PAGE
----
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My responsibility in the face of mass extinction

Extinction is the “irreversible condition of a species or other group of organisms having no living representatives in the wild, which follows the death of the last surviving individual of that species or group” (Hine and Martin 2015g, para. 1). Mass extinctions are extinctions of the greatest magnitude, occurring “when many diverse groups of organisms become extinct over short periods of time” (Condie 2011, 250). These “are not step-events but rather a step into a prolonged alternative global ecosystem state” (Hull 2015, R941). Five mass extinctions have previously been recorded. A sixth has begun. Humans are the cause of the latest episode. This thesis develops an Indigenous, non-agential conception of responsibility for considering an ethical problem of wide consequence. Founded in mātauranga Māori and recalling the work of Emmanuel Levinas, it applies Kaupapa Māori autoethnography, narrative, and conceptual analyses alongside exegeses and a replication study. Investigations of responsibility across various positions are encountered: those found in place and polity, those made as visitor and the commanded, those gifted as inherited erudition and in the suffering-with. Now facing the last structural violence, what is my responsibility?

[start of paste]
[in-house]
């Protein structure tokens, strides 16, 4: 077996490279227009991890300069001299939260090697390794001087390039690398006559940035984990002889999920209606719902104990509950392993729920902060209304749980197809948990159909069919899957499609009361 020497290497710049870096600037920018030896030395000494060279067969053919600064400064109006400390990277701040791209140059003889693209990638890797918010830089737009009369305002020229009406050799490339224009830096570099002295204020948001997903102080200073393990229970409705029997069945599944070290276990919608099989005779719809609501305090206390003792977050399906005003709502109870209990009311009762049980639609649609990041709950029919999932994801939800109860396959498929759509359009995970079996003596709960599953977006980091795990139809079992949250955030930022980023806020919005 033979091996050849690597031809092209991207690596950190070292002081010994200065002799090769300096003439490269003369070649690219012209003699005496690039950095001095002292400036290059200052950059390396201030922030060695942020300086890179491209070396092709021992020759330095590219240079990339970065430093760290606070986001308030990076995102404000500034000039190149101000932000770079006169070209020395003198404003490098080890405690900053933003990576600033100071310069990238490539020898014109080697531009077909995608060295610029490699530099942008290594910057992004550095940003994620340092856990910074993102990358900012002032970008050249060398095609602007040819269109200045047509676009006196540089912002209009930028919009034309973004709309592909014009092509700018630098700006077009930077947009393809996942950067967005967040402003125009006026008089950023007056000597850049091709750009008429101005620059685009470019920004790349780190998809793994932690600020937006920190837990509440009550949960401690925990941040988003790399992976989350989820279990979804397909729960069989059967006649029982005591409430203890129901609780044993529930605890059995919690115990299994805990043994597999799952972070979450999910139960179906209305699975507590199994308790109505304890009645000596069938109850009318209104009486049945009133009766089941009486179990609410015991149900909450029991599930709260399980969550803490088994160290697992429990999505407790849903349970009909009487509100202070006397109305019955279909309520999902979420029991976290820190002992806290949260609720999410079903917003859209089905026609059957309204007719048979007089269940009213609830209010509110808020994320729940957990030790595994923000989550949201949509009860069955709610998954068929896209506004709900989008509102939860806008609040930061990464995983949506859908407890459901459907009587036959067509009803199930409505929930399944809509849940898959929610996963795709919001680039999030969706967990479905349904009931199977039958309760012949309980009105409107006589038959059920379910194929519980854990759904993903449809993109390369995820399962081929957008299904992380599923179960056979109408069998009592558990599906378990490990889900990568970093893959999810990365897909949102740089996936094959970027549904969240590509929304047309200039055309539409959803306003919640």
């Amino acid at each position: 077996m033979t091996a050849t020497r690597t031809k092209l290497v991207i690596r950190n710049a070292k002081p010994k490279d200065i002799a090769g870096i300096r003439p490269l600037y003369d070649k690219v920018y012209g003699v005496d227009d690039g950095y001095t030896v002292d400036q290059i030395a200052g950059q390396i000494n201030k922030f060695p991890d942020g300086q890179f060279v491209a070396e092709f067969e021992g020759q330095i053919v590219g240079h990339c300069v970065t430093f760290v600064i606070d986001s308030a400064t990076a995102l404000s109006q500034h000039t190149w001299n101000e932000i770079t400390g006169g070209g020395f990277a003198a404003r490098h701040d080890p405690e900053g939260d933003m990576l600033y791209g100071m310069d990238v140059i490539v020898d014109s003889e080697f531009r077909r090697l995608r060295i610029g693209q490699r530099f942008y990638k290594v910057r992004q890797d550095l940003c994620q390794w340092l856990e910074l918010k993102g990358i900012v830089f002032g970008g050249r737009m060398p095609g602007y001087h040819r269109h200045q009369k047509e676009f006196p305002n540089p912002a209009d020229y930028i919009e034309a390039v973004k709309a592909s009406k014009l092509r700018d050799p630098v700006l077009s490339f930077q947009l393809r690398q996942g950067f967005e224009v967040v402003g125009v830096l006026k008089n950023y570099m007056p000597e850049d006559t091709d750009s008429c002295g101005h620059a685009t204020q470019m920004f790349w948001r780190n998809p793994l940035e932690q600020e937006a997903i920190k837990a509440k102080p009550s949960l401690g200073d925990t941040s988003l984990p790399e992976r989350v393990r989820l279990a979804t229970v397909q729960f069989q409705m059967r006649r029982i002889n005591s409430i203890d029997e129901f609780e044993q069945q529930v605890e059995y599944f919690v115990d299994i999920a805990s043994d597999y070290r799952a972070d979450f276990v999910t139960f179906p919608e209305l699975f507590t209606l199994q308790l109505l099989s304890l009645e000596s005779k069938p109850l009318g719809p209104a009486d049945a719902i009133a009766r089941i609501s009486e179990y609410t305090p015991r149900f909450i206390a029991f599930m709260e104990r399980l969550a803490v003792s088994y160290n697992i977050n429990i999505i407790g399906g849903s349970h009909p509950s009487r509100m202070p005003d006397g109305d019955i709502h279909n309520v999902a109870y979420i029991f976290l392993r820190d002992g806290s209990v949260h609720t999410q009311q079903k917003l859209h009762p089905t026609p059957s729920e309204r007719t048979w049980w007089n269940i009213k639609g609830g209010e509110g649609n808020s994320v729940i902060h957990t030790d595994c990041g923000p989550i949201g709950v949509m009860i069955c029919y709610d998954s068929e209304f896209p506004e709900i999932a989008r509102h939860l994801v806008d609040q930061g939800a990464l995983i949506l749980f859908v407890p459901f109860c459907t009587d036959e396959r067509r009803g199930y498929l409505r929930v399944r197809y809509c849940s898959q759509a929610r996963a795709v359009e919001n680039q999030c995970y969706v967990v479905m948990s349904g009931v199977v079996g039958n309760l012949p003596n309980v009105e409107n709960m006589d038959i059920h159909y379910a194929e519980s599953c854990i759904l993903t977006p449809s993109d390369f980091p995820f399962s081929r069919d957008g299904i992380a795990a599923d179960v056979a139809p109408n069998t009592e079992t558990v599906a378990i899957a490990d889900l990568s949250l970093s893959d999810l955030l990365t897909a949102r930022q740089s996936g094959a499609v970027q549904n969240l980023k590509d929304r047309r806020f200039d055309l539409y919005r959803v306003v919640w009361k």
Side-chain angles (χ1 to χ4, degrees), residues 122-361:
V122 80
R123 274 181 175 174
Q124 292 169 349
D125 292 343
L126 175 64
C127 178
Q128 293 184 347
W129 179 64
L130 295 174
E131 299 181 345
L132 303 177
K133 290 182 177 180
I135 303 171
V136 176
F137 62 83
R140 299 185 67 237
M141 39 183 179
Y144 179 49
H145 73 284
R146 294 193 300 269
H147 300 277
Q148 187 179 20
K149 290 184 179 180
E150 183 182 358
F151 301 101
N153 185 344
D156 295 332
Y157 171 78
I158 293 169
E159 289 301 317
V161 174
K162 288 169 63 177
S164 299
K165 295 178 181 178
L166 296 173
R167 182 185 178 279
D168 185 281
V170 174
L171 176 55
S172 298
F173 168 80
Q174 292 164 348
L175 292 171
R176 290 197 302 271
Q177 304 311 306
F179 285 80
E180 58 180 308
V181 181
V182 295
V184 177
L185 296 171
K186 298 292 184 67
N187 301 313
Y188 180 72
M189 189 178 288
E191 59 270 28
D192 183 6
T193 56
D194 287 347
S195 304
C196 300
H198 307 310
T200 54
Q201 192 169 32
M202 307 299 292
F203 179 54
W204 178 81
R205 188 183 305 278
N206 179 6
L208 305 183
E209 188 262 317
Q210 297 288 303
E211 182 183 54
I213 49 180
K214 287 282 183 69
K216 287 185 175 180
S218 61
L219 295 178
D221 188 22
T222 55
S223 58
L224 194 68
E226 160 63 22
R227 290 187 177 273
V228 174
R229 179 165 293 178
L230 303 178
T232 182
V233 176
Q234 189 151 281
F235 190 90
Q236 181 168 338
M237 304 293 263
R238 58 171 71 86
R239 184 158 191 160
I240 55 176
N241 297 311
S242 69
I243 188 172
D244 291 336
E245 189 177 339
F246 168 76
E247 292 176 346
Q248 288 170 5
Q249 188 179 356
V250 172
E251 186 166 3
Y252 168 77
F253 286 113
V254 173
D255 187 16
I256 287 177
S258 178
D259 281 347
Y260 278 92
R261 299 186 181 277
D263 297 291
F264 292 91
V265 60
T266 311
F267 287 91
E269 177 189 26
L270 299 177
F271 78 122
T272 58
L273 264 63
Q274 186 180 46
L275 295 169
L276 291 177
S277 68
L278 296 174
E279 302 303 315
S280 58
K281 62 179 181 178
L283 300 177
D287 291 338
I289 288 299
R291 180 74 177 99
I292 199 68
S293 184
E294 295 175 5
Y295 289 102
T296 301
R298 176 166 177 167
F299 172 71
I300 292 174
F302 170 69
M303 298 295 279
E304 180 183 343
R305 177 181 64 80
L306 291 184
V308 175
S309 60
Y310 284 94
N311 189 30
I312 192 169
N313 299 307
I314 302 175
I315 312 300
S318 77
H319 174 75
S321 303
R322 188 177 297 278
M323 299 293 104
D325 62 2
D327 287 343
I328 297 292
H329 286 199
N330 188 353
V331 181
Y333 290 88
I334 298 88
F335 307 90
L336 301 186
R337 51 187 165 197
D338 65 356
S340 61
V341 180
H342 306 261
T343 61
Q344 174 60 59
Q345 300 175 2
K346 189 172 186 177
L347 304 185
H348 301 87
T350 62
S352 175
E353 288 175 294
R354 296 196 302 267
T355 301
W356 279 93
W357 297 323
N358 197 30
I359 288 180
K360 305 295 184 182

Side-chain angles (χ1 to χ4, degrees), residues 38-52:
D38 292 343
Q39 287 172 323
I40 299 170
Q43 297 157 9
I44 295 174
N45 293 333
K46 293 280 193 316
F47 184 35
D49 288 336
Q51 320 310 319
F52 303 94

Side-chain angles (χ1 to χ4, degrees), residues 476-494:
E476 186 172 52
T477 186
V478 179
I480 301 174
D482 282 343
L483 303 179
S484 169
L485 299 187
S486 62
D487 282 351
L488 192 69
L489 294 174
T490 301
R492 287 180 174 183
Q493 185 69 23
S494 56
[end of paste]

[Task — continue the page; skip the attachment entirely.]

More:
Type of thesis
Gray-Sharp, K. (2021). My responsibility in the face of mass extinction (Thesis, Doctor of Philosophy (PhD)). The University of Waikato, Hamilton, New Zealand. Retrieved from https://hdl.handle.net/10289/14209
The University of Waikato
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